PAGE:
If you have used Burp’s collaborator client for your Out-of-band testing, you know it’s awesome. Then why there is a need for a personal collaborator client? There are a few things that need to be addressed.
- Companies have started to blacklist burp collaborator’s domain, making it difficult for OOB vulnerabilities detection. ( Read here )
- Collaborator client is not available for the community/free edition of BurpSuite.
This brings the need for having a personal collaborator client, with no to minimal investments, that will help us in the detection of any out-of-band/blind vulnerabilities, and I have linked an amazing cheatsheet below that will guide in OOB Exploitation. So, let’s get started. Below are the things required for our recipe to cook:
- Domain Name
- Personal Server with a public IP address.
I will be using
tcpdump, but there are several other tools that you can utilize for the same, like BindDNS –
How to setup a BIND9 DNS server for OOB Exfiltration
and even you can setup your own
private burp collaborator
, with the professional and enterprise edition of BurpSuite.
Let’s get started!
First off we can start by creating a server for ourselves, for this task, I am using AWS and its free tier of EC2 instance.
Refer to the article to create an EC2 instance – https://www.howtoforge.com/how-to-create-an-ec2-instance-on-aws/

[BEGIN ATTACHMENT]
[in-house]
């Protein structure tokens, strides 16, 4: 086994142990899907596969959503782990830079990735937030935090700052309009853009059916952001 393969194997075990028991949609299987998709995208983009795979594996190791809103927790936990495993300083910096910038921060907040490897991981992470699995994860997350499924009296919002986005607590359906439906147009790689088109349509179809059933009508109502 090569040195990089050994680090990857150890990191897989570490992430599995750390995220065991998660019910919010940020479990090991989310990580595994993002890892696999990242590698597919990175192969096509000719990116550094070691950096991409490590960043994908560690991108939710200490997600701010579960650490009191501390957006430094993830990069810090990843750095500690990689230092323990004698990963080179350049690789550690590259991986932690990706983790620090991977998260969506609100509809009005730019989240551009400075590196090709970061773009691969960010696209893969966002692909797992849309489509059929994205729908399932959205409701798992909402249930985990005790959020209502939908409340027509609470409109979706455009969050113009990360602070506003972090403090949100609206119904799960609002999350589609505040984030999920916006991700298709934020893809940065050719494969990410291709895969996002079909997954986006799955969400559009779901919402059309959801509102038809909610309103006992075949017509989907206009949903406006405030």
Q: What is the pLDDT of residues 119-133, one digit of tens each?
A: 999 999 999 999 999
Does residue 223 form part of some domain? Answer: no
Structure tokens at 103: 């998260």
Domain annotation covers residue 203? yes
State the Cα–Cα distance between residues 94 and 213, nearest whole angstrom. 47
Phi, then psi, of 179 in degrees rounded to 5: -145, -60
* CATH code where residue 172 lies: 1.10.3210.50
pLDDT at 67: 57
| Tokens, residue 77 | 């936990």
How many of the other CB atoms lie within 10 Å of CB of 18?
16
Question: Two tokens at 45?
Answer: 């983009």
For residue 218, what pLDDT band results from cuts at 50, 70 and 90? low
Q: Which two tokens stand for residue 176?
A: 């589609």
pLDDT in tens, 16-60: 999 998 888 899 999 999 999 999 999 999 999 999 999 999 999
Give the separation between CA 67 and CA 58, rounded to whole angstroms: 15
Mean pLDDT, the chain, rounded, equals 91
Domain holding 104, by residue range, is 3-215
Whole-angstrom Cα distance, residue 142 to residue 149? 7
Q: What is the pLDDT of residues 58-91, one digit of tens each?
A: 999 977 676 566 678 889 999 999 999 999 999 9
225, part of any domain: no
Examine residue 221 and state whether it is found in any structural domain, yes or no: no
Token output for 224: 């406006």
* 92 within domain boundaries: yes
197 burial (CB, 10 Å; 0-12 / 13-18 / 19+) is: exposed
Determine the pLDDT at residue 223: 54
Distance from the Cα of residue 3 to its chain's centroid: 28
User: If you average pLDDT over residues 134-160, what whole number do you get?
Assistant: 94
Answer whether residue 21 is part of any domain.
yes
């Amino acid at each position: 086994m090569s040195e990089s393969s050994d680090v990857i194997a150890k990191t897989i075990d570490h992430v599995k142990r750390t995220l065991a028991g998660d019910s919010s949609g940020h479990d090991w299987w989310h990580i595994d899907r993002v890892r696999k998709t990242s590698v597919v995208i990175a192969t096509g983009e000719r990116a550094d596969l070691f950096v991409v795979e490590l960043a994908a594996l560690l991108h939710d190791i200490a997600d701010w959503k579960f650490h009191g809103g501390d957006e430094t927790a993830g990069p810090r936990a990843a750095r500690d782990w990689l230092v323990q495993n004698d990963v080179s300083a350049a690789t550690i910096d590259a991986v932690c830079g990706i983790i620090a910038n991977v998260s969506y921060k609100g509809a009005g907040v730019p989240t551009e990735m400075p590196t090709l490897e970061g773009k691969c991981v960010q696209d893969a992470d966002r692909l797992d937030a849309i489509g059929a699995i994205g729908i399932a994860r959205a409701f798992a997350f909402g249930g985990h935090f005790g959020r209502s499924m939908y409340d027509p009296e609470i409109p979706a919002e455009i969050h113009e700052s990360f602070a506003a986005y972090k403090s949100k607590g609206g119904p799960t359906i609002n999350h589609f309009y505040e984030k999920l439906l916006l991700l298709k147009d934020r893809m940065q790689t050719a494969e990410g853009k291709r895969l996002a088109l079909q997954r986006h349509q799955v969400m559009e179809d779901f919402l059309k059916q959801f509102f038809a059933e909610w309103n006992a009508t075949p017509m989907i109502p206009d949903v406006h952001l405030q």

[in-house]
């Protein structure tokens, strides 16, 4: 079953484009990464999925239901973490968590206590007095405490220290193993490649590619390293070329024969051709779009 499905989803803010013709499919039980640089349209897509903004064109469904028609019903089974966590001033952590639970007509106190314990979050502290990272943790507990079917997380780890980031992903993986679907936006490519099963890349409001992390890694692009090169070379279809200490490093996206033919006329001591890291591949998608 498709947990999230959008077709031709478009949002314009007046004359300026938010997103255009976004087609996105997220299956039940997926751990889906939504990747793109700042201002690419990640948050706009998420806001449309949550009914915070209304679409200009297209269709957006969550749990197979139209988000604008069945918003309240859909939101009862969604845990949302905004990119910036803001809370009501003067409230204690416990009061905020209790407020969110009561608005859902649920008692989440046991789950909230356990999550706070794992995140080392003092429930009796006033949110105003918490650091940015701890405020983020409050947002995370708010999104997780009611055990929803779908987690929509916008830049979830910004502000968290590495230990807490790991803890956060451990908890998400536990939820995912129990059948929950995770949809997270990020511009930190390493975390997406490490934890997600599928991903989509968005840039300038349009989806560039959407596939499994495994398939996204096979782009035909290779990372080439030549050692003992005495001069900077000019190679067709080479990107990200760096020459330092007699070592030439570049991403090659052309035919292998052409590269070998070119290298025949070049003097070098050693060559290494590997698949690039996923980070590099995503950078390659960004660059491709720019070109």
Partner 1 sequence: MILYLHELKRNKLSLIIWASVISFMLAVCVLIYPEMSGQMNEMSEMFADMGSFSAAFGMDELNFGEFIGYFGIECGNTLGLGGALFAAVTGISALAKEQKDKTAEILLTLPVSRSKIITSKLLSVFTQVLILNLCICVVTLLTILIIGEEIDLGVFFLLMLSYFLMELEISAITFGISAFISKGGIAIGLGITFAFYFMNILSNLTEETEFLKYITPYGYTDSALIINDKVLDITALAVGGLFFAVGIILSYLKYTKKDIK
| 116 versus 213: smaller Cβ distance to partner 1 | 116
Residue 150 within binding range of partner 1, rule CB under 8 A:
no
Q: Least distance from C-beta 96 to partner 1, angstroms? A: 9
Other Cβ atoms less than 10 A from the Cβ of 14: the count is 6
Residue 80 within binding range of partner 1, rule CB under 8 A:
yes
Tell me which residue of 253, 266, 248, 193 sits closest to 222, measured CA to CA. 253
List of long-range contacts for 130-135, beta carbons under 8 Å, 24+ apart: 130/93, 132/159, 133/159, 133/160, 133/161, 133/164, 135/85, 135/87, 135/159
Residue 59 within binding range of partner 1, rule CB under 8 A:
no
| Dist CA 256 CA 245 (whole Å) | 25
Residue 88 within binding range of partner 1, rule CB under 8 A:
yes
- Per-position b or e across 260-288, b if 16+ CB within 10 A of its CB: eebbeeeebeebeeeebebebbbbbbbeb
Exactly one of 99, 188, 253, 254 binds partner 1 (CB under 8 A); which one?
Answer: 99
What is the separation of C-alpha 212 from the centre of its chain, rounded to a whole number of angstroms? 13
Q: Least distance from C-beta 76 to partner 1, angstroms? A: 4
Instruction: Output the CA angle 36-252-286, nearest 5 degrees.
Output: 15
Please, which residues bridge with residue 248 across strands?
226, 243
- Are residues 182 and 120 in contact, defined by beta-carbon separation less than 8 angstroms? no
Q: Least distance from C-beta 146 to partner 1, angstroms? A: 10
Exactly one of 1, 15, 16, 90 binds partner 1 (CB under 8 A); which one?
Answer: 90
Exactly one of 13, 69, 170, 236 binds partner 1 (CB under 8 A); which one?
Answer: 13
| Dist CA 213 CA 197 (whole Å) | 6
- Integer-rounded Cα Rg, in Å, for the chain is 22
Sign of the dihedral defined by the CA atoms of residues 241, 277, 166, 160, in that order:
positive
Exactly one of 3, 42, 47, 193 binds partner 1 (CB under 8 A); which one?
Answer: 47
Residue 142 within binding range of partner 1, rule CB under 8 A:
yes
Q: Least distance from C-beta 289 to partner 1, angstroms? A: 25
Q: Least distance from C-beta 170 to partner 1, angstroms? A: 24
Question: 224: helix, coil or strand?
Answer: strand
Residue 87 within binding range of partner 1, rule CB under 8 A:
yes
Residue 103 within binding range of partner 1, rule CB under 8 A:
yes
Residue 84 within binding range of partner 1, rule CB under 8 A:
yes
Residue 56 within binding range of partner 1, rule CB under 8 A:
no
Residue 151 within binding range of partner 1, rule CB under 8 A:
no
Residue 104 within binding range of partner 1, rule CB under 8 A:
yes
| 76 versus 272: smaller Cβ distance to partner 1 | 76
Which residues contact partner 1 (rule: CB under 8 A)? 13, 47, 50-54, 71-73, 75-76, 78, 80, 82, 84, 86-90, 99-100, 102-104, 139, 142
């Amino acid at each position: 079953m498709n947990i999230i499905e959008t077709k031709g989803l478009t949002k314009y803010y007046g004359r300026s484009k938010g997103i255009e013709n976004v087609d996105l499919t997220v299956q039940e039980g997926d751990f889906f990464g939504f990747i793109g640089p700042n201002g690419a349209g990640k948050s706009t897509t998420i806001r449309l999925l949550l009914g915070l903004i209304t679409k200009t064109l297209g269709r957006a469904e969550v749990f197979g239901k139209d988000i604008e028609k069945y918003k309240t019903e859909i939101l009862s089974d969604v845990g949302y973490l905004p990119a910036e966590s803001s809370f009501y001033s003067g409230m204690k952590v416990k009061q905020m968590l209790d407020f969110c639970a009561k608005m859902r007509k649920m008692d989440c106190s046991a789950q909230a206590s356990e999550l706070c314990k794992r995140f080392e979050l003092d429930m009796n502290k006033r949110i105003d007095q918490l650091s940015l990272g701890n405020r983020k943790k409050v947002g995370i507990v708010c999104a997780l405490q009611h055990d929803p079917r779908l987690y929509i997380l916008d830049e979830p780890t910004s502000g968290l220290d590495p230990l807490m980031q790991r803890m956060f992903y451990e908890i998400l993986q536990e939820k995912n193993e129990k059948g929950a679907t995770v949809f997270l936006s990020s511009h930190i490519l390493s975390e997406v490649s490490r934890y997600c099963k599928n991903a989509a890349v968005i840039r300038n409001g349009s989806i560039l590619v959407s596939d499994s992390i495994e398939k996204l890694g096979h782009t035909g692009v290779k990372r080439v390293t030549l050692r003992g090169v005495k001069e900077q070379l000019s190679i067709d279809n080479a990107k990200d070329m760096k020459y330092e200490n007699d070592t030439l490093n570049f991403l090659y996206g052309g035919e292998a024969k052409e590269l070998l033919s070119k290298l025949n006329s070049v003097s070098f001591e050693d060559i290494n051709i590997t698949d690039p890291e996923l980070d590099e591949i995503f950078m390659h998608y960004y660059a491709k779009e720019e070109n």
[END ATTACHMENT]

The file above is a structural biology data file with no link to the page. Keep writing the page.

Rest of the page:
While creating the Ubuntu EC2 instance, we have to open a port – Port 53, which will help us capture any DNS request. We can also do the same after the instance creation by modifying the Security Group.
And in order to verify the inbound rules of the instance, we can look at the security tab –
Now, we are all set. We have an instance with an public IP associate with it. With the use of SSH keys, we can login into the instance.
Now, we have to configure our domain to act as we want it to. I have bought a domain from GoDaddy but domains can be bought for no price, if you are a student, using GitHub Student’s Pack .
Let’s open up the DNS management panel of GoDaddy, because we need to add some records to the Domain Name in order for our thing to work.
We need to add an A record that will point to the public IP of the instance, and another one as a nameserver (NS) record that points to the A record pointing to the public IP of the instance, which will route all the DNS requests for the subdomain to our server.
This will take some time to propagate throughout, you can track the propagation at over – https://www.whatsmydns.net/
Once, the propagation is done, we can login to our instance and see how we can do capture the requests.
As mentioned earlier, we are going to use
tcpdump for capturing the DNS requests. Let’s give it a go!
We are now able to capture the DNS request that is being sent to the subdomain that we have configured.
Woohoo! We have now made our own collaborator.
For further reading about OOB exploitation – https://notsosecure.com/oob-exploitation-cheatsheet/ .
For OOB detection, we also have an alternative solution by Project Discovery – Check it out! – https://github.com/projectdiscovery/interactsh
P.S.: This project was the outcome of null Web Security Study Group.